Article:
Neil Young + Promise of the Real – Earth

Neil Young + Promise of the Real – Earth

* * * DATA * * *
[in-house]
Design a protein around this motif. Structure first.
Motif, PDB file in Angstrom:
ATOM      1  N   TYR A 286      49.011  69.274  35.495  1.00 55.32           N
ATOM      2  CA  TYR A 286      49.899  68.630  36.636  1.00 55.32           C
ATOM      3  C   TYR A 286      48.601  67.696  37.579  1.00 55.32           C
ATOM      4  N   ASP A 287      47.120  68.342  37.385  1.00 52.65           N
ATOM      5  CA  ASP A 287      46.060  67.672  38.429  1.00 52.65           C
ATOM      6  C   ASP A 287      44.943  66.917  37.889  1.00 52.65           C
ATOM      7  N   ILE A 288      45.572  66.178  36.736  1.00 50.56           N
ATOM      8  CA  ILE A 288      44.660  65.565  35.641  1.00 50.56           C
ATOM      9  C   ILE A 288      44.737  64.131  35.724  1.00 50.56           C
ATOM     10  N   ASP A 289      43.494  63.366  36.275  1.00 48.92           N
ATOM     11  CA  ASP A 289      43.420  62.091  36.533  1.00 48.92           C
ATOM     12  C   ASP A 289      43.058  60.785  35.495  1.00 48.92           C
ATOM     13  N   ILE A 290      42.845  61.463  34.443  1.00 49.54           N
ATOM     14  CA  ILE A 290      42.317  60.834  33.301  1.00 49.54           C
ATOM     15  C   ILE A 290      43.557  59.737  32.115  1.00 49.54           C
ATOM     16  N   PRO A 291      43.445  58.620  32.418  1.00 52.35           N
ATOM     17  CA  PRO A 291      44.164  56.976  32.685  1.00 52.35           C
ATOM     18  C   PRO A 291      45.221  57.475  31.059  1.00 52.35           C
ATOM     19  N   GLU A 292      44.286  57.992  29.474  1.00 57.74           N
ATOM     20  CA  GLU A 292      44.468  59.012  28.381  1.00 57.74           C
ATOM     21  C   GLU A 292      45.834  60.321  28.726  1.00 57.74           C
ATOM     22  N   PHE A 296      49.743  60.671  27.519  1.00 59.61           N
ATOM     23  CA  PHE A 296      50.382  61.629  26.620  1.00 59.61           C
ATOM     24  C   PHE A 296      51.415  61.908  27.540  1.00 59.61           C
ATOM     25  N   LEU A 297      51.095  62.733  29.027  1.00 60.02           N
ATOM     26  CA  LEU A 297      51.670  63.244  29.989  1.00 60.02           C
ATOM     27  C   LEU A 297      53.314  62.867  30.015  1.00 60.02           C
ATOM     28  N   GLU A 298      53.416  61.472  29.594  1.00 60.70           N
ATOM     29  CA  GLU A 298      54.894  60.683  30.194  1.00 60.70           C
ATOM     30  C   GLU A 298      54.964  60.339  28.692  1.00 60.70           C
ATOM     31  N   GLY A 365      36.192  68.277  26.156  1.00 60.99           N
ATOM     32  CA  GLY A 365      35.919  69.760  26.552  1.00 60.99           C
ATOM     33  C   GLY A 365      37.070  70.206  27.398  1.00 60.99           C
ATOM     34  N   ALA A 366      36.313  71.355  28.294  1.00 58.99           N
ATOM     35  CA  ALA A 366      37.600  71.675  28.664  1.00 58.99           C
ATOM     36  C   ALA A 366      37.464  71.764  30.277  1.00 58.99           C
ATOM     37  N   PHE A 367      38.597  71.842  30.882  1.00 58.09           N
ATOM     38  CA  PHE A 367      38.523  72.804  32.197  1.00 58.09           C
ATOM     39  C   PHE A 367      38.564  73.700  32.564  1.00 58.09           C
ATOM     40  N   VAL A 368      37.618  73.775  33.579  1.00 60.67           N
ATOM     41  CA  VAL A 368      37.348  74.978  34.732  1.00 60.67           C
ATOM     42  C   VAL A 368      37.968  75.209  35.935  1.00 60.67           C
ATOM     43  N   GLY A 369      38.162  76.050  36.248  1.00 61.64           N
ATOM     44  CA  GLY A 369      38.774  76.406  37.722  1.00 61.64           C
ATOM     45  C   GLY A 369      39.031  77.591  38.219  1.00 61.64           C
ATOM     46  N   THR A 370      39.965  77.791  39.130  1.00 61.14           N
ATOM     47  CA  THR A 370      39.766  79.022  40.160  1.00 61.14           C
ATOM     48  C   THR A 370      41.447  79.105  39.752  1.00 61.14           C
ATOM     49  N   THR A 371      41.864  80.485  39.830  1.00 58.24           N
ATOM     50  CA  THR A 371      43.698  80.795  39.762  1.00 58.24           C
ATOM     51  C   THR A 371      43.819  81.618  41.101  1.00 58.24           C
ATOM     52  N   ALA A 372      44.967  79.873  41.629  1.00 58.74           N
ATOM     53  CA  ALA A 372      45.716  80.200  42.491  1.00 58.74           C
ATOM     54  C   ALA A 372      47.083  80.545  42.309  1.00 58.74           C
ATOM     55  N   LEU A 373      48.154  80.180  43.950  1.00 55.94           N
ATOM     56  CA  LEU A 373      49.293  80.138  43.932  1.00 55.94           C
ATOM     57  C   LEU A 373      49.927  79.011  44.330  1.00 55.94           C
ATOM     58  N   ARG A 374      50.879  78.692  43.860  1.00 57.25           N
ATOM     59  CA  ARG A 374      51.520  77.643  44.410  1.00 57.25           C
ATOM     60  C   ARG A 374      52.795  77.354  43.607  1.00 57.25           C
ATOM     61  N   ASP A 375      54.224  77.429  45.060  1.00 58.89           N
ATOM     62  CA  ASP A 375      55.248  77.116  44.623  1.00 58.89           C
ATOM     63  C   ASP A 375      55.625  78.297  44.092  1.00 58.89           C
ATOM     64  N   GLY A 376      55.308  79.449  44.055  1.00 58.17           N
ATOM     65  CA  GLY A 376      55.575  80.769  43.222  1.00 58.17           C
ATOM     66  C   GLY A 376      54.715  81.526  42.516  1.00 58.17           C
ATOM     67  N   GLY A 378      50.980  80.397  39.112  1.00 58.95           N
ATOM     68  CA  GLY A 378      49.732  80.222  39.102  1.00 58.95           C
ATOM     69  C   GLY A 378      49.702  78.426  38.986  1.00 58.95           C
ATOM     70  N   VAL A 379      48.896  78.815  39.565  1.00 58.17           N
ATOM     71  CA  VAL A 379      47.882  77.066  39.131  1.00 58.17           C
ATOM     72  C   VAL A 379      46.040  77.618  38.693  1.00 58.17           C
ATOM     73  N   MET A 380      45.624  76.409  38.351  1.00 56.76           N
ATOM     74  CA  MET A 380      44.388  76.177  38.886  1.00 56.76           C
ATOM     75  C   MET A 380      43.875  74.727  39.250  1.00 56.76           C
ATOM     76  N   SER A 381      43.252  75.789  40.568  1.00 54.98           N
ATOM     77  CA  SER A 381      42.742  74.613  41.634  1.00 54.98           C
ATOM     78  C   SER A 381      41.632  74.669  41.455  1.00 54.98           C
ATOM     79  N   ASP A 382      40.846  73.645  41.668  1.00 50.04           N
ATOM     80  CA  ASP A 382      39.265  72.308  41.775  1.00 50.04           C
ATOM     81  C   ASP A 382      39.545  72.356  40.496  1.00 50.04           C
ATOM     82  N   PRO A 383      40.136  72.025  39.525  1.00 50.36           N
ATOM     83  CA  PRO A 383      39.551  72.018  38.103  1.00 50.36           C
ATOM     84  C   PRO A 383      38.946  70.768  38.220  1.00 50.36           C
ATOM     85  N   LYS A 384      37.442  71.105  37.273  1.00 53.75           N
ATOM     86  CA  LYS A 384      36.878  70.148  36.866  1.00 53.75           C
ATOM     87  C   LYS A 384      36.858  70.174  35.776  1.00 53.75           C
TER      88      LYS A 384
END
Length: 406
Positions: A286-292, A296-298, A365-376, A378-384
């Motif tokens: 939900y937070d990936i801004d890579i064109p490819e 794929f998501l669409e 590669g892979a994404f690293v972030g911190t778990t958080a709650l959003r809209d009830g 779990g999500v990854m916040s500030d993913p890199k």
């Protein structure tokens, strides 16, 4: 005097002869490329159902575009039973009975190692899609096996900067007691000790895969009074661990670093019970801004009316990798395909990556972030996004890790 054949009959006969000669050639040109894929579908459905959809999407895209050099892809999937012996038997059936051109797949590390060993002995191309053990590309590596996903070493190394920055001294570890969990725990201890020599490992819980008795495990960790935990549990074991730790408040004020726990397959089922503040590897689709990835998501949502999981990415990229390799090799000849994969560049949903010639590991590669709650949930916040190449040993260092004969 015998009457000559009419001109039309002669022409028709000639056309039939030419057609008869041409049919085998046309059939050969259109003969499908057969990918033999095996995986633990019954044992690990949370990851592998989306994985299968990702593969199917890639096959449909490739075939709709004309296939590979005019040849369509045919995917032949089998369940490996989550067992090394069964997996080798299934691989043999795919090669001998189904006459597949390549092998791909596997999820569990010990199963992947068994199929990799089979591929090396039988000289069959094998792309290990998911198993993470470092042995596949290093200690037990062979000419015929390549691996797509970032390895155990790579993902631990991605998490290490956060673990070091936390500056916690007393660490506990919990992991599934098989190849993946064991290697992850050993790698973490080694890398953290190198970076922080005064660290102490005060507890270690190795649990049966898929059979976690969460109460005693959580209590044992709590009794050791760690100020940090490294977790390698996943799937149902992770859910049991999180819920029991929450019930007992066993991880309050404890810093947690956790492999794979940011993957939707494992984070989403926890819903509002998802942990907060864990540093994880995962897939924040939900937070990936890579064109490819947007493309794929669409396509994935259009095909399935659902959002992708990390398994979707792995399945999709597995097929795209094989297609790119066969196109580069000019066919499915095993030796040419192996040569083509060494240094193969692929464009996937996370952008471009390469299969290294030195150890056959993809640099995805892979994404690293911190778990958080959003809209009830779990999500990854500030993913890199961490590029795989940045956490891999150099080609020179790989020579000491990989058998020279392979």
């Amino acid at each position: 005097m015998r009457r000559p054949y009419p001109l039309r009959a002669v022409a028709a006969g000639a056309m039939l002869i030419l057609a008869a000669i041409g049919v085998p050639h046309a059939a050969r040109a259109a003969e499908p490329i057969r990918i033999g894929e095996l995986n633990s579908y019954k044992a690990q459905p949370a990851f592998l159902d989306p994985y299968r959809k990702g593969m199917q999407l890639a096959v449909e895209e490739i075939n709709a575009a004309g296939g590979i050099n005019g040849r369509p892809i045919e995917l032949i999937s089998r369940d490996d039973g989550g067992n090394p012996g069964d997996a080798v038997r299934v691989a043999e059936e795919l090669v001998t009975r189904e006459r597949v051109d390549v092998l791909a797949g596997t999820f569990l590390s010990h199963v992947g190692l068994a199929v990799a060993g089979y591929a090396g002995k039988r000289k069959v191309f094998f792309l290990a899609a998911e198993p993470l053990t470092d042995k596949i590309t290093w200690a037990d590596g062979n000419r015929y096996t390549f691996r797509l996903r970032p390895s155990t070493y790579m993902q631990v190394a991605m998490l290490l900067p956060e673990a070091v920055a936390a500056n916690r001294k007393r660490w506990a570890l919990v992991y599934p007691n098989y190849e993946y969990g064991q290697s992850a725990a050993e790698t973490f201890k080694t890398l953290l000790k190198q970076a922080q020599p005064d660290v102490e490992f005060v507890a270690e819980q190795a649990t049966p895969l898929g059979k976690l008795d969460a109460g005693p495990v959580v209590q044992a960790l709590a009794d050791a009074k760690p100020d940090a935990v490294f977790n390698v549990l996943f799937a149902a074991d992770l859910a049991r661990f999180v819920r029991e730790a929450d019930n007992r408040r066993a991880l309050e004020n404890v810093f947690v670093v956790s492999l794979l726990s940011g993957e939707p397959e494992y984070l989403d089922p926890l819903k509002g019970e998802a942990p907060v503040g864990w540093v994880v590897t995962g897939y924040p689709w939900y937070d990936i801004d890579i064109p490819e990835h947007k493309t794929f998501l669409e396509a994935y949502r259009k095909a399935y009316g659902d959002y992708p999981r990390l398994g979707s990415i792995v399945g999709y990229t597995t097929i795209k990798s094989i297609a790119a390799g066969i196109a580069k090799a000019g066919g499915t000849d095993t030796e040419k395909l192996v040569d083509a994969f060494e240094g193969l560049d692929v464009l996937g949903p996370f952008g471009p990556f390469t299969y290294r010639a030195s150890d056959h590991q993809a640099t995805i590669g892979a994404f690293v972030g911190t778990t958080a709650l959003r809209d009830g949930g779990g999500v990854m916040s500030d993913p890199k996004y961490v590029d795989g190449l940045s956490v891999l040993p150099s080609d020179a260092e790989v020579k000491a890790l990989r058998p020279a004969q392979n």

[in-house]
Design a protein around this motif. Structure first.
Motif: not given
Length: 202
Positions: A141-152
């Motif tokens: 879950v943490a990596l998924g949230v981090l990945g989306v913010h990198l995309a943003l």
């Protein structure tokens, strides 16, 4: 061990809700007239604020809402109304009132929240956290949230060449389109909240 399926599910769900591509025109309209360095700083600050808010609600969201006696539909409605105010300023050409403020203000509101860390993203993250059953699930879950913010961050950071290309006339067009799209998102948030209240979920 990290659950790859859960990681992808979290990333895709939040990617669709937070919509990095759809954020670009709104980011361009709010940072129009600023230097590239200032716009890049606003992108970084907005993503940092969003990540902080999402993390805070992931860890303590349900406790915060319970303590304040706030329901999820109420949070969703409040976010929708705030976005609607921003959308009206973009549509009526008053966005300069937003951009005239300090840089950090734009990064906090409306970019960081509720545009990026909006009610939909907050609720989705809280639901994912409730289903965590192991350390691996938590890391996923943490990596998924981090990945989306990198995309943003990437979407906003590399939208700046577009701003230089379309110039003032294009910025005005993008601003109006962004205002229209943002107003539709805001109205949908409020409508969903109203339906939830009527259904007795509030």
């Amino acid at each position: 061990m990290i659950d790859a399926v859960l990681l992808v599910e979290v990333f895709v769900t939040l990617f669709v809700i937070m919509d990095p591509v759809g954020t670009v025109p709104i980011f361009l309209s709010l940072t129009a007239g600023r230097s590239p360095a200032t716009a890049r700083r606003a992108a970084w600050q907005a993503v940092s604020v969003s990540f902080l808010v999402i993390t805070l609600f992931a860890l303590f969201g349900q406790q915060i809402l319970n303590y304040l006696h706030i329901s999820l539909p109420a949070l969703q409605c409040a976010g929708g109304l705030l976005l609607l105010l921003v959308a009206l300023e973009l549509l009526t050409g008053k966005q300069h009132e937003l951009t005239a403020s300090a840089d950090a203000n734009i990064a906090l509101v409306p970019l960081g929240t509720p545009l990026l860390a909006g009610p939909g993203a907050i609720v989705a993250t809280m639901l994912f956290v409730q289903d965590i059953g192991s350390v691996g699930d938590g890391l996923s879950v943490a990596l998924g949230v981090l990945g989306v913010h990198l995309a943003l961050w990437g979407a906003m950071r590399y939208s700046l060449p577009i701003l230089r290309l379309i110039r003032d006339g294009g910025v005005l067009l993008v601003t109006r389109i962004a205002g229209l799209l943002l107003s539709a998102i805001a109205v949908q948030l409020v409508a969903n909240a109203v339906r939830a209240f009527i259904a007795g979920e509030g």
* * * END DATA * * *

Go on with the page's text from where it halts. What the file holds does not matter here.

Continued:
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Promise of the Real have given Neil Young a new lease of life. After the rather stilted orchestral outing that was Storytone, Canada’s greatest export since beaver fur has been re-energised by his collaboration with Lukas Nelson + the band. The combination seems to work best live. This 98-minute-long collection comes from the recent US shows. Perhaps it’s the bass, but there’s a bounciness to the live sets that hasn’t been present for a while. Here, the version of ‘Love and Only Love’ is the best example. It’s full-on danceworthy for at least the first 10 of its 28 minutes. The song selection has also been revelatory. The Old Man of the Canyons has always been ready to blow the dust off classic tracks and take them for a spin, but the Rebel Content tours have seen the return of some long-lost friends. Here, we’re treated to ‘Vampire Blues’ and ‘Western Hero’, both of which had only ever been played live once before in 1974 and 1995 respectively. There’s also a version of ‘Hippie Dream’, which hadn’t been performed since 1997, and ‘Country Home’, which had been played on only a few occasions since about the same time. Along with songs from The Monsanto Years, this is a really nice setlist, even if the inclusion of ‘Time Fades Away’ or ‘Alabama’, would have been the ultimate treat. But this is a Neil Young album. And befitting his recent mindset, there’s more than a little quirkiness to the production as well. Backing vocals have been overdubbed and a selection of animal sounds and other earthly noises have been added to the mix. We’re treated to bees, frogs, crows, turkeys, and not just between the tracks, but sometimes in the middle of them too. It’s all a little strange and unnecessary. But it doesn’t spoil things. In the end, Earth doesn’t quite recapture the thrilling live experience of the Promise of the Real tours. We’ll have to wait for an Archives version for that. But it’s a more than worthy document of yet another exciting period in Neil Young’s long and unique career.

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